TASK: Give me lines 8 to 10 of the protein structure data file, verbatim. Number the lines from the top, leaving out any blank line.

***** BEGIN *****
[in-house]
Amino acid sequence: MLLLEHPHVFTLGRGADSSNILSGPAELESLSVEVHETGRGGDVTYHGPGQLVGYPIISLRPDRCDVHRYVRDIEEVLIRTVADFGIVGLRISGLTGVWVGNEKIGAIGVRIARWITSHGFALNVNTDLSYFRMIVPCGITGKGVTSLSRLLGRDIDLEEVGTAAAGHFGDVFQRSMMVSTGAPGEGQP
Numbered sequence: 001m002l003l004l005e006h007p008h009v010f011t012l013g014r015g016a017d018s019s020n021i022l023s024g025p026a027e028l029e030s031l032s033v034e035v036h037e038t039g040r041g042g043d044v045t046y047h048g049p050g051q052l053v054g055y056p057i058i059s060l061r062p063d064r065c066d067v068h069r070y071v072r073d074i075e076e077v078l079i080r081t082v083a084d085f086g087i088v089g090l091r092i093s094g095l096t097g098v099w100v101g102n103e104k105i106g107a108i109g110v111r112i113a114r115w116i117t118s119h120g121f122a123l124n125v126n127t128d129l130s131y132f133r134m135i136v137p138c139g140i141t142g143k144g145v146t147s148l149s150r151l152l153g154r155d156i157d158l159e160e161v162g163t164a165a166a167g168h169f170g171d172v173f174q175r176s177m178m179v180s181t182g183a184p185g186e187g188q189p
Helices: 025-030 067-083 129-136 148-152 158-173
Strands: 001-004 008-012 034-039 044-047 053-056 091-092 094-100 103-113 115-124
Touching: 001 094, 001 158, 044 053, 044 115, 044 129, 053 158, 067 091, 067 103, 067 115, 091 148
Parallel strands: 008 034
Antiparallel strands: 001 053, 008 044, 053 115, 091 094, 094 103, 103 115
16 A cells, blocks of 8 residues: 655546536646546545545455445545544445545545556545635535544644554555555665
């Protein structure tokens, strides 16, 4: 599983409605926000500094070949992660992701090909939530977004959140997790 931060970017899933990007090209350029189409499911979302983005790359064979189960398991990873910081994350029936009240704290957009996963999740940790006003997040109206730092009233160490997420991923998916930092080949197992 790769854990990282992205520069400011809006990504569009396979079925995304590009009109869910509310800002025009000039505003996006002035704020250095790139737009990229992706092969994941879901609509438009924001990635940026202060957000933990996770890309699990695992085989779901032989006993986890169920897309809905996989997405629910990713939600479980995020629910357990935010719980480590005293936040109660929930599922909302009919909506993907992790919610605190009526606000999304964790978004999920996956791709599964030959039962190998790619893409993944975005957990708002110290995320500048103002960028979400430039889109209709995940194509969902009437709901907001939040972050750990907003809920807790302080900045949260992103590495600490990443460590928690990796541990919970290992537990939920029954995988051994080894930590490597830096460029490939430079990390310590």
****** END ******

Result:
Antiparallel strands: 001 053, 008 044, 053 115, 091 094, 094 103, 103 115
16 A cells, blocks of 8 residues: 655546536646546545545455445545544445545545556545635535544644554555555665
């Protein structure tokens, strides 16, 4: 599983409605926000500094070949992660992701090909939530977004959140997790 931060970017899933990007090209350029189409499911979302983005790359064979189960398991990873910081994350029936009240704290957009996963999740940790006003997040109206730092009233160490997420991923998916930092080949197992 790769854990990282992205520069400011809006990504569009396979079925995304590009009109869910509310800002025009000039505003996006002035704020250095790139737009990229992706092969994941879901609509438009924001990635940026202060957000933990996770890309699990695992085989779901032989006993986890169920897309809905996989997405629910990713939600479980995020629910357990935010719980480590005293936040109660929930599922909302009919909506993907992790919610605190009526606000999304964790978004999920996956791709599964030959039962190998790619893409993944975005957990708002110290995320500048103002960028979400430039889109209709995940194509969902009437709901907001939040972050750990907003809920807790302080900045949260992103590495600490990443460590928690990796541990919970290992537990939920029954995988051994080894930590490597830096460029490939430079990390310590």